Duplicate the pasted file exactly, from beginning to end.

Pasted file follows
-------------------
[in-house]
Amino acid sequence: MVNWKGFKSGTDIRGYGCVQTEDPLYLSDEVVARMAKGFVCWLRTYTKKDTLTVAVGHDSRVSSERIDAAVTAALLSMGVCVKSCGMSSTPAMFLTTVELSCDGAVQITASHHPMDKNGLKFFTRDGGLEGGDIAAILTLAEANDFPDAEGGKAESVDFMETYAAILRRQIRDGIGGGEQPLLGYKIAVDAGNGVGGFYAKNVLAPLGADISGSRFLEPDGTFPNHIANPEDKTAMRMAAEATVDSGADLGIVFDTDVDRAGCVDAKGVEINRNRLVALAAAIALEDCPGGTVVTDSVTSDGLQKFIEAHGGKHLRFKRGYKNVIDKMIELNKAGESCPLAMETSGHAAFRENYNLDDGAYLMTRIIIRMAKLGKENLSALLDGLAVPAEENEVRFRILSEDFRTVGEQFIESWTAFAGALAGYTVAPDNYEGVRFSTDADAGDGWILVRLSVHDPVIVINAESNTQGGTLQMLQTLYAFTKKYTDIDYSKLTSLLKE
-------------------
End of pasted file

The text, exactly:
[in-house]
Amino acid sequence: MVNWKGFKSGTDIRGYGCVQTEDPLYLSDEVVARMAKGFVCWLRTYTKKDTLTVAVGHDSRVSSERIDAAVTAALLSMGVCVKSCGMSSTPAMFLTTVELSCDGAVQITASHHPMDKNGLKFFTRDGGLEGGDIAAILTLAEANDFPDAEGGKAESVDFMETYAAILRRQIRDGIGGGEQPLLGYKIAVDAGNGVGGFYAKNVLAPLGADISGSRFLEPDGTFPNHIANPEDKTAMRMAAEATVDSGADLGIVFDTDVDRAGCVDAKGVEINRNRLVALAAAIALEDCPGGTVVTDSVTSDGLQKFIEAHGGKHLRFKRGYKNVIDKMIELNKAGESCPLAMETSGHAAFRENYNLDDGAYLMTRIIIRMAKLGKENLSALLDGLAVPAEENEVRFRILSEDFRTVGEQFIESWTAFAGALAGYTVAPDNYEGVRFSTDADAGDGWILVRLSVHDPVIVINAESNTQGGTLQMLQTLYAFTKKYTDIDYSKLTSLLKE